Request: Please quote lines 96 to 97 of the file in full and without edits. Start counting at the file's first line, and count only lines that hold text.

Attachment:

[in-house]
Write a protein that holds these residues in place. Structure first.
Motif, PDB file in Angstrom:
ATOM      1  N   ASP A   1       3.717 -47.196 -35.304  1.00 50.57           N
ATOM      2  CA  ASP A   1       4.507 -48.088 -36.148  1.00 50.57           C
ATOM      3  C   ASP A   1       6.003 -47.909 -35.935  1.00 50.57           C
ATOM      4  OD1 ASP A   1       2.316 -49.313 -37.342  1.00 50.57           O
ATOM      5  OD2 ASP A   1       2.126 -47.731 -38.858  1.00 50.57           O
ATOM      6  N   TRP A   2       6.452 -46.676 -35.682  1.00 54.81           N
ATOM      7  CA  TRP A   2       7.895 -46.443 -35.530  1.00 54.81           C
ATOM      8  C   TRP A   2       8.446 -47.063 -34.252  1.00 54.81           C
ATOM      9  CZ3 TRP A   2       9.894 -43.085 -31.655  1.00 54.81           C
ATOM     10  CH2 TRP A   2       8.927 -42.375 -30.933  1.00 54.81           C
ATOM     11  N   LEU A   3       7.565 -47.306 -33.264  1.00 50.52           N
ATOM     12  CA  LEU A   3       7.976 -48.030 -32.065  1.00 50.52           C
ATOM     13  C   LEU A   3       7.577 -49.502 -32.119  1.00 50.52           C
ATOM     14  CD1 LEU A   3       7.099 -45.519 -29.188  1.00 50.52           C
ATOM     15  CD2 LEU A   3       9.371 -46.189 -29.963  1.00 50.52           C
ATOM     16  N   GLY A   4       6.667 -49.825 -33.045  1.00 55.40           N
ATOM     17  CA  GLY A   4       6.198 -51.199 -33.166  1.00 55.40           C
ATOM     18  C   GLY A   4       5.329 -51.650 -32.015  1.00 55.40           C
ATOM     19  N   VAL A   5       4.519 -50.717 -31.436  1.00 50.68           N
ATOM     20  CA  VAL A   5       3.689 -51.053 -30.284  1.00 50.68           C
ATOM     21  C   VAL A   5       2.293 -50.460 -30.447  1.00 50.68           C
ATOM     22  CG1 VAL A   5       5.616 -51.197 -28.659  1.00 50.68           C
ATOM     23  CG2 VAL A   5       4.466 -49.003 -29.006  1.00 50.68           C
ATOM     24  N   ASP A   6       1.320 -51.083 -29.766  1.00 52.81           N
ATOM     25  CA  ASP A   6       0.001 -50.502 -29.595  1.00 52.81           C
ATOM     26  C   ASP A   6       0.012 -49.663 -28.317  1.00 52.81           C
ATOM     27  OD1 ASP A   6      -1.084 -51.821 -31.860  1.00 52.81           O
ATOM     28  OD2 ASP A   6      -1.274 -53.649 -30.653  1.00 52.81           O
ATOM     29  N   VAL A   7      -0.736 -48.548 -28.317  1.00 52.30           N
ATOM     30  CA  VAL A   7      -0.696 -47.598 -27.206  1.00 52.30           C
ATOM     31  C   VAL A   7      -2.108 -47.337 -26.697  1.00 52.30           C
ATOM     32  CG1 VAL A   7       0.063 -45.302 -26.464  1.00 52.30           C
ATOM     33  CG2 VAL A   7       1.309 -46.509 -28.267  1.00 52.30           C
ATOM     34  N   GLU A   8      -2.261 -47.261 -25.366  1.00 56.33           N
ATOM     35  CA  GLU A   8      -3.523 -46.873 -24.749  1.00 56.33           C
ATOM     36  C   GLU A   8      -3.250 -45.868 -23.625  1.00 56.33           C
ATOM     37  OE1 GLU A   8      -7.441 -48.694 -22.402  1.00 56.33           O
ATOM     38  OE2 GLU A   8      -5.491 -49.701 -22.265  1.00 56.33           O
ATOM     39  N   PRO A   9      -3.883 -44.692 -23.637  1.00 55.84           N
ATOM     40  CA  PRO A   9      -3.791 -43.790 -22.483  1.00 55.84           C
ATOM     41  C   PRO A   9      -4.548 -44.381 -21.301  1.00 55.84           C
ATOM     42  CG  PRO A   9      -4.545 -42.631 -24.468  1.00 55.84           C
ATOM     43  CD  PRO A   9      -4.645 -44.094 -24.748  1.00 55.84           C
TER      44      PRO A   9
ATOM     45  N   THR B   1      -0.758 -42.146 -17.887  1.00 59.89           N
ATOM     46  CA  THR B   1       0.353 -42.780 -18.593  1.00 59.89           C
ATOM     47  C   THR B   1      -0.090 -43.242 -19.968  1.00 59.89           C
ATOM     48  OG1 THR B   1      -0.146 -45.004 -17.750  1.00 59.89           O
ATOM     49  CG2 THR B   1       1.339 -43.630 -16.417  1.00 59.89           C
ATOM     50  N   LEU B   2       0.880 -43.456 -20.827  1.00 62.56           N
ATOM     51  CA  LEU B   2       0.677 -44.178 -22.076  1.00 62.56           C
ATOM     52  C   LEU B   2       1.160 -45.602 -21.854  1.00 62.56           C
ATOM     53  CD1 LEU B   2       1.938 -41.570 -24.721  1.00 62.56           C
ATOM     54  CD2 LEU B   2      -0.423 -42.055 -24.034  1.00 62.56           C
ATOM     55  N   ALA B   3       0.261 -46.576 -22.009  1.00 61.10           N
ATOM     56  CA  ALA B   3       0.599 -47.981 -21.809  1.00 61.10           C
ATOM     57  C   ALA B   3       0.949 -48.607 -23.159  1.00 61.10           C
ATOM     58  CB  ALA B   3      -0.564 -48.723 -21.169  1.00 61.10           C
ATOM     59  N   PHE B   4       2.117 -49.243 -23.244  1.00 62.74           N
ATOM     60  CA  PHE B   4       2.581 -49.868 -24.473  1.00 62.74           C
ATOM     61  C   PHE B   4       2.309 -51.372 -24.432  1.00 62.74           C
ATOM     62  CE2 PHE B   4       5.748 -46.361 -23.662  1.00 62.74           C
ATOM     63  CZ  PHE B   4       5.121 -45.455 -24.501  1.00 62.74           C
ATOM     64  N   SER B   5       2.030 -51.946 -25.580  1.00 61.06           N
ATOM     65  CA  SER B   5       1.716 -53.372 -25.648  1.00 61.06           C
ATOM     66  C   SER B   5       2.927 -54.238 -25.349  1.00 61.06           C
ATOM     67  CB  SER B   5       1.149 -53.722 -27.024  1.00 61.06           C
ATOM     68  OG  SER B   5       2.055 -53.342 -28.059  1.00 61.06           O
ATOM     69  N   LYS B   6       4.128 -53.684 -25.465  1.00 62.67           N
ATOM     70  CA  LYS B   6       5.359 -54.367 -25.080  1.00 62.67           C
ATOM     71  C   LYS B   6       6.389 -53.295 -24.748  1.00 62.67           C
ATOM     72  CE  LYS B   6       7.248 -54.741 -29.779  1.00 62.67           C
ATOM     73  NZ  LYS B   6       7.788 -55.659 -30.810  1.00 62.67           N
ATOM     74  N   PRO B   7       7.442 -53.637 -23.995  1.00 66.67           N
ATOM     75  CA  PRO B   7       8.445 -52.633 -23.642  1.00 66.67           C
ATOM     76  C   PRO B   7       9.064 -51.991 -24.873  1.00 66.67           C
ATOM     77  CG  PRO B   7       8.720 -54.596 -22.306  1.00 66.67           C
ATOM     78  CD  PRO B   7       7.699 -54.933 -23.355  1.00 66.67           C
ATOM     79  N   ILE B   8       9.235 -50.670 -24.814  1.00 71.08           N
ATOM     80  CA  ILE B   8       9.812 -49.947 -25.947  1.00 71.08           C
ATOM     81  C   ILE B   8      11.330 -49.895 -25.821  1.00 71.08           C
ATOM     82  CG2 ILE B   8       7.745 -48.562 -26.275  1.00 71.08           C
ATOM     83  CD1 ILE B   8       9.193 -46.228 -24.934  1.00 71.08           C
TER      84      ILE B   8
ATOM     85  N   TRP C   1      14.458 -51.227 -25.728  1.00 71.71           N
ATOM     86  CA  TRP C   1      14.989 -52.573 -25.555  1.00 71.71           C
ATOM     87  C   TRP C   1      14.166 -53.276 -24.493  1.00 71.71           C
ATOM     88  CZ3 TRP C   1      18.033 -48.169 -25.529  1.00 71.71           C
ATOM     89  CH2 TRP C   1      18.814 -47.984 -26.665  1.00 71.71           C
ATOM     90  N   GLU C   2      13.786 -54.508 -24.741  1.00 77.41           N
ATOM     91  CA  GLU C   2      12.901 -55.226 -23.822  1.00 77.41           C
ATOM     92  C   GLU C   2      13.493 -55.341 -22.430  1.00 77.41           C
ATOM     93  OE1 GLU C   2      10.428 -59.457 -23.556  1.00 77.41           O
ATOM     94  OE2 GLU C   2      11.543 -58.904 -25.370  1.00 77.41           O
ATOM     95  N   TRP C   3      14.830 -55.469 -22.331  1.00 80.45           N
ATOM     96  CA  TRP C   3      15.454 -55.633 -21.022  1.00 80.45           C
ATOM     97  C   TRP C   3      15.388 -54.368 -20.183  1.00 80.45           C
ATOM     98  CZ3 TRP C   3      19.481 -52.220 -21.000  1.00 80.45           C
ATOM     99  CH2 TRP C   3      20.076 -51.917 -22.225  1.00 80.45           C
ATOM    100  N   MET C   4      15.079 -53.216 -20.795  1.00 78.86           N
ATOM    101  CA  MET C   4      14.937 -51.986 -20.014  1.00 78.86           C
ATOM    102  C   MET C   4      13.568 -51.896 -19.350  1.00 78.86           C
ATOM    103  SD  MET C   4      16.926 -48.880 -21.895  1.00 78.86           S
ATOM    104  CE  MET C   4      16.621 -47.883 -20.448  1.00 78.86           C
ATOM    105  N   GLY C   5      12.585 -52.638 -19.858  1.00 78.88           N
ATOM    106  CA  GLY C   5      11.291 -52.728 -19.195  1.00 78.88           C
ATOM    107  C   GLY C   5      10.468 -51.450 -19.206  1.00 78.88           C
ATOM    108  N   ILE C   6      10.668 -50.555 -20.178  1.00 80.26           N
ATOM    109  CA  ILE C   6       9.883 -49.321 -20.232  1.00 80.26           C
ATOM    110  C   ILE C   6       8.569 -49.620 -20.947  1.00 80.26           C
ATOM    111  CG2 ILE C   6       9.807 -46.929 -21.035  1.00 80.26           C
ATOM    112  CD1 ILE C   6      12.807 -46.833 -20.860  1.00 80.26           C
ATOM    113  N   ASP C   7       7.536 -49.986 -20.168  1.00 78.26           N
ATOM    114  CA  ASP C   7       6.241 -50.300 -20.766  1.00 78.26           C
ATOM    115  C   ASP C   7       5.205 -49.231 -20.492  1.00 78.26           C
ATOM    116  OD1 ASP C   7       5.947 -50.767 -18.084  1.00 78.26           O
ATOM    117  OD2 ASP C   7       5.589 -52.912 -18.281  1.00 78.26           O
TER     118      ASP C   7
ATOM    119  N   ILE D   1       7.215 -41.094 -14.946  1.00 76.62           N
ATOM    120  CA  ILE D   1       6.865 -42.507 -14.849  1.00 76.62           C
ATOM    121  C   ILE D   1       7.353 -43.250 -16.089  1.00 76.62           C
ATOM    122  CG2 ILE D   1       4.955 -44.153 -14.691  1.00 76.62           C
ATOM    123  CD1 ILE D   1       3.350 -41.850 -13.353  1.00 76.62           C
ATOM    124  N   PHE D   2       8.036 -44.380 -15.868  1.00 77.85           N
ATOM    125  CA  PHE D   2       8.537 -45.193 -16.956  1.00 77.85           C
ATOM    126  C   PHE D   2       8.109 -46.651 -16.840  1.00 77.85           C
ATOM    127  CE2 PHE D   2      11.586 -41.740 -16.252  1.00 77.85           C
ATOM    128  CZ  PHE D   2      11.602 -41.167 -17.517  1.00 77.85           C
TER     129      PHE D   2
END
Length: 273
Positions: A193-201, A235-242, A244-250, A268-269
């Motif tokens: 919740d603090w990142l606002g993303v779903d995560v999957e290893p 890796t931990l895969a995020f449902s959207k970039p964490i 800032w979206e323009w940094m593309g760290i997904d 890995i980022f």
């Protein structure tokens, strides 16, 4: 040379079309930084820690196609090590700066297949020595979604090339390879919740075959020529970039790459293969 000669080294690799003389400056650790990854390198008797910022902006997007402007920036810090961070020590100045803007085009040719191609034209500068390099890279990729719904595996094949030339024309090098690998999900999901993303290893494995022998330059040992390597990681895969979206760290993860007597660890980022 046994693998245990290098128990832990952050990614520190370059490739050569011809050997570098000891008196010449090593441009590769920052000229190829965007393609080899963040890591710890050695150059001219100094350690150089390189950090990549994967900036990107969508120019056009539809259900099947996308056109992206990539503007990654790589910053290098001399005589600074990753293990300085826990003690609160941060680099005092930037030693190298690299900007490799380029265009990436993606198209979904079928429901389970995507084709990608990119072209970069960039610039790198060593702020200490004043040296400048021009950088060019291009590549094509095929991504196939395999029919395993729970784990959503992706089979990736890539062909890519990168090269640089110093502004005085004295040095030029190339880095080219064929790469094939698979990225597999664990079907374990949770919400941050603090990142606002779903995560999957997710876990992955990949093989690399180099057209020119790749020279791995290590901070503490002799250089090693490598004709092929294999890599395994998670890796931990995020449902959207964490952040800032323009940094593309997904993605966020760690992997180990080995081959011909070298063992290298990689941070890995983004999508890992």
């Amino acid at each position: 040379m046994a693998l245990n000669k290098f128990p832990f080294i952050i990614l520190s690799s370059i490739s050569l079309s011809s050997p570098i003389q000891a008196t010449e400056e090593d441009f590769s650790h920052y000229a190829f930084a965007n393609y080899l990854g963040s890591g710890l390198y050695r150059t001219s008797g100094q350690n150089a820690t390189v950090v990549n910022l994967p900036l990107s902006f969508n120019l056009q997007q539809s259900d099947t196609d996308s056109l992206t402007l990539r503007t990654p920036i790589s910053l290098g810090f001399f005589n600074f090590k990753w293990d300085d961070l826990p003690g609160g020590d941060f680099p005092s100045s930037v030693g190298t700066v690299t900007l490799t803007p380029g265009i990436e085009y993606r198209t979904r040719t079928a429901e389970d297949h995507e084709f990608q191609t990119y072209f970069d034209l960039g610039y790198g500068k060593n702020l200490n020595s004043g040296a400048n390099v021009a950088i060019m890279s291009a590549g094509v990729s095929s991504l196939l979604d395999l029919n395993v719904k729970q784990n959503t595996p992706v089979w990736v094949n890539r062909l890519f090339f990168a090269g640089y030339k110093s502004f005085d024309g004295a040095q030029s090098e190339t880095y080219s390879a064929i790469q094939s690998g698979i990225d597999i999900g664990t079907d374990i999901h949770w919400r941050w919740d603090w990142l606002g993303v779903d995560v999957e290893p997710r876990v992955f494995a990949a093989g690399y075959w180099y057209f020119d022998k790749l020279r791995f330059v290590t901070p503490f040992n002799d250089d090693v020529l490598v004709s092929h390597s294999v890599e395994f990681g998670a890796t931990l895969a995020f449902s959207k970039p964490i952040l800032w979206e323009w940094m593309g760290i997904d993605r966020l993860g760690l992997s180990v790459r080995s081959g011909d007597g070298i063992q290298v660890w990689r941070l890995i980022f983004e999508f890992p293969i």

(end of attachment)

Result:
ATOM     93  OE1 GLU C   2      10.428 -59.457 -23.556  1.00 77.41           O
ATOM     94  OE2 GLU C   2      11.543 -58.904 -25.370  1.00 77.41           O